As of January 2012, Apple became the world’s largest company and America’s leading ‘Fortune 500’ firm. Although Apple’s financial statements alone look encouraging, they are empty numbers without understanding how a technology company could achieve such consistent growth. A benchmarking analysis is also required to understand the consistency behind the company. Only by understanding both of these analytical processes in association with each other can one see how the company has been able to strategically achieve its number one status and still maintain room for additional growth. To put Apple’s past successes and their opportunity for future growth into perspective it is important to provide a sense of context by analyzing them next to their long time competitors; Microsoft and Google. Microsoft competes with Apple as an open platform for personal computing through its ‘Windows’ operating system and software. Google is a relatively new competitor with its ‘Android’ mobile operating system, competing with Apple’s iPhone, and iPad. To begin such a wide reaching analysis, let’s start by looking at Apple’s financial statements
To best establish a pattern in the strategic financial planning of all three companies it was determined that a 5 year financial review was in order. Appendix ‘A’, is a summary of all three companies annual reports covering the past 5 years. Each company has demonstrated a somewhat similar growth in equity but there is one key difference which has resulted in Apple’s consistently improving bottom line and its dramatic success in 2011. That difference is Apple’s aggressive cash re-investment in itself relative to its net income. To visually demonstrate Apple’s aggressive strategy, three graphs have been produced which embody a single key component from each of the three major financial statements; the income statement, the balance sheet, and the cash flow analysis.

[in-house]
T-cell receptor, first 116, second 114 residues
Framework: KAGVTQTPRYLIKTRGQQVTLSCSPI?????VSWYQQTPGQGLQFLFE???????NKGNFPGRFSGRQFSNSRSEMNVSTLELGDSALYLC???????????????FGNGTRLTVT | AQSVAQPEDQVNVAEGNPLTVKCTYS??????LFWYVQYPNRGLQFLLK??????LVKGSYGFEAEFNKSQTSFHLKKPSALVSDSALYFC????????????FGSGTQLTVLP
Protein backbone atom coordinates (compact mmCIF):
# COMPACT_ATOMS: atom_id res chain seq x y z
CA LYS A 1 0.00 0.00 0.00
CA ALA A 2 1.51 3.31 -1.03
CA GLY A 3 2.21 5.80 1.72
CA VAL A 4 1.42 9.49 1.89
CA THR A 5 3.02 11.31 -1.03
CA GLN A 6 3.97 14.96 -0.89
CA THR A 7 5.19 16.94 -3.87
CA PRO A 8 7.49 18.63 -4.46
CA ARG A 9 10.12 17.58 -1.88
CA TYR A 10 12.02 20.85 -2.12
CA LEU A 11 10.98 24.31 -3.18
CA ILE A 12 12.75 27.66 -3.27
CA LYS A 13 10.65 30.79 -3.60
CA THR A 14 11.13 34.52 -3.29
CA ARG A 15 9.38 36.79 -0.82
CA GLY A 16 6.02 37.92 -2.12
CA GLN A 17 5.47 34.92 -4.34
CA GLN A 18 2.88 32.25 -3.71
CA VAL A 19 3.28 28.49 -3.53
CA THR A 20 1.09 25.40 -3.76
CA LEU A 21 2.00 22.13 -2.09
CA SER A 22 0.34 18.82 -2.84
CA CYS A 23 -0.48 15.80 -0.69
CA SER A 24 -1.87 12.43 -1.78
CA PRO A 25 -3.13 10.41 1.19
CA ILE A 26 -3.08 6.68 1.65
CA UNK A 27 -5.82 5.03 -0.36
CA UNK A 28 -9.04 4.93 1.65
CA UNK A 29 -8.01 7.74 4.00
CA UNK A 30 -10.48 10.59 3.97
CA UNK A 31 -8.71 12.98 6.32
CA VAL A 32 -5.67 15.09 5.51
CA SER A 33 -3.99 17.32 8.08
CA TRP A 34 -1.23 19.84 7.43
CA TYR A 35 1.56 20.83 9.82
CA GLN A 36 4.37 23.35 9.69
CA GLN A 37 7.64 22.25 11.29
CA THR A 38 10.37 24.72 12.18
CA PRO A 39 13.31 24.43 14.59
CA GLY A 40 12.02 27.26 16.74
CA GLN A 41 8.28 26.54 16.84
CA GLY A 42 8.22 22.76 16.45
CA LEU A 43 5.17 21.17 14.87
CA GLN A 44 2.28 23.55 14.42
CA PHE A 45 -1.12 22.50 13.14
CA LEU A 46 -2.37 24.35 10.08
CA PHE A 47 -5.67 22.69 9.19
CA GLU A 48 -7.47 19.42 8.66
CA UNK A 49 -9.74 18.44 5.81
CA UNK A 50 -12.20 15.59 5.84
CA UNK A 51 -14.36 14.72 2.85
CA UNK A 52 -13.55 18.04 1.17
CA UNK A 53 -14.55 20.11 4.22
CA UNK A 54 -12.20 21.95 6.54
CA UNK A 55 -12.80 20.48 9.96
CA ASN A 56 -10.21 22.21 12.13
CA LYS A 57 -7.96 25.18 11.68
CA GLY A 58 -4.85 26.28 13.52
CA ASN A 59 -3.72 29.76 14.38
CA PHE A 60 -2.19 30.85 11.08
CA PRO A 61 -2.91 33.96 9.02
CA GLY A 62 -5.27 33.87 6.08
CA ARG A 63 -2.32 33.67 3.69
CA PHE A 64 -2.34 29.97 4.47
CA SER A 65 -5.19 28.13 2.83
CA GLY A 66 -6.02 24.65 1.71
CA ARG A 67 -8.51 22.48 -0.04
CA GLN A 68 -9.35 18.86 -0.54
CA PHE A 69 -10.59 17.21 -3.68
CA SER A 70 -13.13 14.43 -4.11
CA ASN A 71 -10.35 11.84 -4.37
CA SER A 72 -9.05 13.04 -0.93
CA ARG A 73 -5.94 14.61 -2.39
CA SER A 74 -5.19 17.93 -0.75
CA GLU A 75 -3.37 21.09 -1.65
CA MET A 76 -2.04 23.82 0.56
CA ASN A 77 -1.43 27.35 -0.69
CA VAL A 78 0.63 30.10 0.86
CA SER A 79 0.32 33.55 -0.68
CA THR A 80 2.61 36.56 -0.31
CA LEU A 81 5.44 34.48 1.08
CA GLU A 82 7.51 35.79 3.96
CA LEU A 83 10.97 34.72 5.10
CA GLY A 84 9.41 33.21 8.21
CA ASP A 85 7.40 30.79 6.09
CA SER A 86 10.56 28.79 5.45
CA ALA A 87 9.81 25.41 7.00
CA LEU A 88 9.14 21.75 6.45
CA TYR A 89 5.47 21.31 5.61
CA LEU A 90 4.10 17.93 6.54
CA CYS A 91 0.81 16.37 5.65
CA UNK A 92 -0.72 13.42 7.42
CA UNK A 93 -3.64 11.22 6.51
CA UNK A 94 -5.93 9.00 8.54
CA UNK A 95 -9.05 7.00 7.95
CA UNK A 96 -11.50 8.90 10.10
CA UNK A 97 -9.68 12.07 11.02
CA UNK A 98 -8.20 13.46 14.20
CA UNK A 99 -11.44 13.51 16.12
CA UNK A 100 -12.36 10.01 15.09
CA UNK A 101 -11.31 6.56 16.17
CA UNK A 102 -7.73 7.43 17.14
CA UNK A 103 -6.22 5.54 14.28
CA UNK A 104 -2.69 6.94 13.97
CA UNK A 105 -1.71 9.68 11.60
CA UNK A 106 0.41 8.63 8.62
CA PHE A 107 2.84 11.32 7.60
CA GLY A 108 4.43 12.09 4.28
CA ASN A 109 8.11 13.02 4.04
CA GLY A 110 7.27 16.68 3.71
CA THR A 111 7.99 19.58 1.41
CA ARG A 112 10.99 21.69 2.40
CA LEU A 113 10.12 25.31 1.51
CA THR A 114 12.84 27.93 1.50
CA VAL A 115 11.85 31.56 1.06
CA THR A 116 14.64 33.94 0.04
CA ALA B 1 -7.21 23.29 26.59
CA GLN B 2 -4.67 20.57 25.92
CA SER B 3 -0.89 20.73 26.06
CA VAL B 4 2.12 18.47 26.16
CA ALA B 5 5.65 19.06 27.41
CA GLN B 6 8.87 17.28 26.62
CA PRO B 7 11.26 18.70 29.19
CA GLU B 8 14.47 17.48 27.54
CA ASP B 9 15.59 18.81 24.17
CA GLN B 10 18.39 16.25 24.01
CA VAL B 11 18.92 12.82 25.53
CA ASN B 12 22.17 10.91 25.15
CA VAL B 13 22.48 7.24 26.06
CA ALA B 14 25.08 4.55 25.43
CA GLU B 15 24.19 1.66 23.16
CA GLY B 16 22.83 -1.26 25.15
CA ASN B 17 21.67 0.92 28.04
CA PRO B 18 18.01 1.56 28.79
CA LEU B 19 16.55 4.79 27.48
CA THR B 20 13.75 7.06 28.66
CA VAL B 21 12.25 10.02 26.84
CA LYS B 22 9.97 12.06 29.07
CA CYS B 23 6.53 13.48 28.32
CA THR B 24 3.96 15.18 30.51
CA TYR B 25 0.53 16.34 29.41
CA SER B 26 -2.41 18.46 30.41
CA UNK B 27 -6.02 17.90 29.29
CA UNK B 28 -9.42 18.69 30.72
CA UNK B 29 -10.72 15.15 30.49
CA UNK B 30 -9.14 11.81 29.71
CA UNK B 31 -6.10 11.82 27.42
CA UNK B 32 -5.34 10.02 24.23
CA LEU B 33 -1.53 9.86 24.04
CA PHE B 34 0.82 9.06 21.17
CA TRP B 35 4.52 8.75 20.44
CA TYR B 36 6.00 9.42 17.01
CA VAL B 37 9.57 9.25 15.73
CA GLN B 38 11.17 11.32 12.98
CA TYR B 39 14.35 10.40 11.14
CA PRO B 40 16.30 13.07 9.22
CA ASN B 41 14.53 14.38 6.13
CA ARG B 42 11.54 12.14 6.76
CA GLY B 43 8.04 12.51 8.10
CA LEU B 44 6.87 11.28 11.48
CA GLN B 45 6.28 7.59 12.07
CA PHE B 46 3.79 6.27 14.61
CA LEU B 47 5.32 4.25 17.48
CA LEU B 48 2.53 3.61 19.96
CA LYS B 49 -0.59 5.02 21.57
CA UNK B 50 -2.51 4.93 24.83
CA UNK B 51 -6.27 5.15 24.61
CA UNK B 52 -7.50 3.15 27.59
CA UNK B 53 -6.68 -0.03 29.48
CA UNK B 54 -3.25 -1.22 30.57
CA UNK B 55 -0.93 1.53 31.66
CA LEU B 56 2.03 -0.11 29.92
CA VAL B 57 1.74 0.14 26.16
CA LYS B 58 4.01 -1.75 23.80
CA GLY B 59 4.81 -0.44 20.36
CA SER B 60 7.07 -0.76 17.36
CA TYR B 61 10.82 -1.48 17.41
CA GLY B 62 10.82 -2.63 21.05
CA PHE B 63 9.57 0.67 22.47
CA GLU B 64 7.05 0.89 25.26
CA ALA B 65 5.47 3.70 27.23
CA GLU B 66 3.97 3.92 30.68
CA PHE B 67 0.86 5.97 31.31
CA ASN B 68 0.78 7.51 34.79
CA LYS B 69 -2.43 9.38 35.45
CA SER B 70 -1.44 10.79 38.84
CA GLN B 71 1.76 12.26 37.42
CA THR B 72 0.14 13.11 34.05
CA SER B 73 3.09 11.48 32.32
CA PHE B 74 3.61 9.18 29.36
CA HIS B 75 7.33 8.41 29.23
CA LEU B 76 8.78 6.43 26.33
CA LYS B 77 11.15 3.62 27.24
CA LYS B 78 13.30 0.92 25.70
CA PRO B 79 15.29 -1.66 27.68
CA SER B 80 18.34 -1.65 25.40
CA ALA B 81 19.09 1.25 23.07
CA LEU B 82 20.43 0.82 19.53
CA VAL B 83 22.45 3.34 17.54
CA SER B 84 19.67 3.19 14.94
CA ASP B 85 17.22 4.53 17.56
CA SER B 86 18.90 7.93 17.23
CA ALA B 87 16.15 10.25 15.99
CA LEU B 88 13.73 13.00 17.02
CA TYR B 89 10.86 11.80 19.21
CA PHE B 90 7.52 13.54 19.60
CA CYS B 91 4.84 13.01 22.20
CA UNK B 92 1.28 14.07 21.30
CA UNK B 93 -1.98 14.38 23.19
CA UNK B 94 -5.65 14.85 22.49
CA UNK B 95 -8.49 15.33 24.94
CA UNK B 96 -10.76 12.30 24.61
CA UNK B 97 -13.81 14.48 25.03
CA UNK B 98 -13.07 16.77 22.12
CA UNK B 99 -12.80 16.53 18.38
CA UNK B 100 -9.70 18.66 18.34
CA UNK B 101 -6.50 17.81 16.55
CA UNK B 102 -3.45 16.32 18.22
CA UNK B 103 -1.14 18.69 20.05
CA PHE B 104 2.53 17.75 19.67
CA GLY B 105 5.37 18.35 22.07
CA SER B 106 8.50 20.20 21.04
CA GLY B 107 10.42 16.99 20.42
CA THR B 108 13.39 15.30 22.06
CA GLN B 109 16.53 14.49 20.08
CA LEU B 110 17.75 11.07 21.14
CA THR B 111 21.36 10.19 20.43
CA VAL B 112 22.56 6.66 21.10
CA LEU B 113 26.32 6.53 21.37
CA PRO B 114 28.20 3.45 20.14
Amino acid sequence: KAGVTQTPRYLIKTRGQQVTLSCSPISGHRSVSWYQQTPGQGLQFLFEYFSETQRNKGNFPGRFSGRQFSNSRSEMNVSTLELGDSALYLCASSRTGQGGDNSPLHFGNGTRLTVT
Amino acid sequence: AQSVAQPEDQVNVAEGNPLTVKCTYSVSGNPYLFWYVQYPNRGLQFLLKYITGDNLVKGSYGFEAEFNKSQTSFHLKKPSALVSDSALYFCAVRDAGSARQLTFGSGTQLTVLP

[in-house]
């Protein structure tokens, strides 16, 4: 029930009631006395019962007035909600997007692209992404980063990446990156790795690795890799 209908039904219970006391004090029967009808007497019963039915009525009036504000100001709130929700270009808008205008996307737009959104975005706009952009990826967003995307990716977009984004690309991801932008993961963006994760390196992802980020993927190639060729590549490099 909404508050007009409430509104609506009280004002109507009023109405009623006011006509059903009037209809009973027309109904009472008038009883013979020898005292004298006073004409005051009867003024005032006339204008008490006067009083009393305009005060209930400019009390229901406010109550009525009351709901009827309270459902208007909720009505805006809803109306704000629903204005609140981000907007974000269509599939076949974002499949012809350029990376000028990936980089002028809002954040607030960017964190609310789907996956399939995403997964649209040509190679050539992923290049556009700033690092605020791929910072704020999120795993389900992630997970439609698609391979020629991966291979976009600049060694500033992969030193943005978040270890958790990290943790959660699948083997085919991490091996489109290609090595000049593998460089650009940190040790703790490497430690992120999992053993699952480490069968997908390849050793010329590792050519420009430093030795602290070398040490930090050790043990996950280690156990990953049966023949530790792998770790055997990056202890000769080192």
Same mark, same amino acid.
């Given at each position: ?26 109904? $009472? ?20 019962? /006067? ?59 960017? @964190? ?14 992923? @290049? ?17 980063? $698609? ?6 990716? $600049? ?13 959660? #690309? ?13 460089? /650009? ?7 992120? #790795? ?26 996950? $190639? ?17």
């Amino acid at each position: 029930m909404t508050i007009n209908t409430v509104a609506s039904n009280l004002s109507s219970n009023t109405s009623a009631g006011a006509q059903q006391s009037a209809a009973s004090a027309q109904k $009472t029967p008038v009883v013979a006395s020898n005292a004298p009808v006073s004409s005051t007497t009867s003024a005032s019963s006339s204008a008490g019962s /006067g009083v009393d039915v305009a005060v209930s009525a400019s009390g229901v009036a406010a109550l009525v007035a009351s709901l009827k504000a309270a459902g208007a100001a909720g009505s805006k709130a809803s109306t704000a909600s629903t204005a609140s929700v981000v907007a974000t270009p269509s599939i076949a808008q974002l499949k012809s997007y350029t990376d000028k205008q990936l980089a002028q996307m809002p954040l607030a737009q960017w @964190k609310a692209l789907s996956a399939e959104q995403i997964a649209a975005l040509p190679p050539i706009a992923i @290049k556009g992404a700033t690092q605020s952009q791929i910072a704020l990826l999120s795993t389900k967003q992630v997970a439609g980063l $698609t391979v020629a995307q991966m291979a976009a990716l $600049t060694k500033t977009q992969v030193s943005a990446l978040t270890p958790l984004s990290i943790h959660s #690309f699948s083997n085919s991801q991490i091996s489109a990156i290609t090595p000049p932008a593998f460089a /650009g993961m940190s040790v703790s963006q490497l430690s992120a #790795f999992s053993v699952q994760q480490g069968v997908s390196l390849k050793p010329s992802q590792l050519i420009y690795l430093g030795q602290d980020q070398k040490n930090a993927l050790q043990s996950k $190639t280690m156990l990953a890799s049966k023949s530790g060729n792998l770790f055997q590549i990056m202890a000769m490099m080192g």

Figure 1 – Independently produced graphs based on a summary of each corporation’s financials found in Appendix A.